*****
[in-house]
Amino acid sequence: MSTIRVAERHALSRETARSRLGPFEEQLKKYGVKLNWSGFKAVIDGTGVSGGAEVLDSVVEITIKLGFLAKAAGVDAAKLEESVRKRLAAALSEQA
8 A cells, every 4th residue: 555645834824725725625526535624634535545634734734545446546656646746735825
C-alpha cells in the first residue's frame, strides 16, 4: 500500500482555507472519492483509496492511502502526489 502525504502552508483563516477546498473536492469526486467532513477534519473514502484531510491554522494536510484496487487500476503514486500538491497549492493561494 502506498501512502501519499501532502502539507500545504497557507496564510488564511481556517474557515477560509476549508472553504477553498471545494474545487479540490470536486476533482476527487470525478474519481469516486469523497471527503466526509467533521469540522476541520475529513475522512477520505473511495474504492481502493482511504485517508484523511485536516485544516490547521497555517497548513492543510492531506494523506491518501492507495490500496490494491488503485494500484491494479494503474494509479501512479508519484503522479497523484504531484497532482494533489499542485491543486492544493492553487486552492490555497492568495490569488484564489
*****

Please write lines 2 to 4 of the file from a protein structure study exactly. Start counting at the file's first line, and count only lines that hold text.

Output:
Amino acid sequence: MSTIRVAERHALSRETARSRLGPFEEQLKKYGVKLNWSGFKAVIDGTGVSGGAEVLDSVVEITIKLGFLAKAAGVDAAKLEESVRKRLAAALSEQA
8 A cells, every 4th residue: 555645834824725725625526535624634535545634734734545446546656646746735825
C-alpha cells in the first residue's frame, strides 16, 4: 500500500482555507472519492483509496492511502502526489 502525504502552508483563516477546498473536492469526486467532513477534519473514502484531510491554522494536510484496487487500476503514486500538491497549492493561494 502506498501512502501519499501532502502539507500545504497557507496564510488564511481556517474557515477560509476549508472553504477553498471545494474545487479540490470536486476533482476527487470525478474519481469516486469523497471527503466526509467533521469540522476541520475529513475522512477520505473511495474504492481502493482511504485517508484523511485536516485544516490547521497555517497548513492543510492531506494523506491518501492507495490500496490494491488503485494500484491494479494503474494509479501512479508519484503522479497523484504531484497532482494533489499542485491543486492544493492553487486552492490555497492568495490569488484564489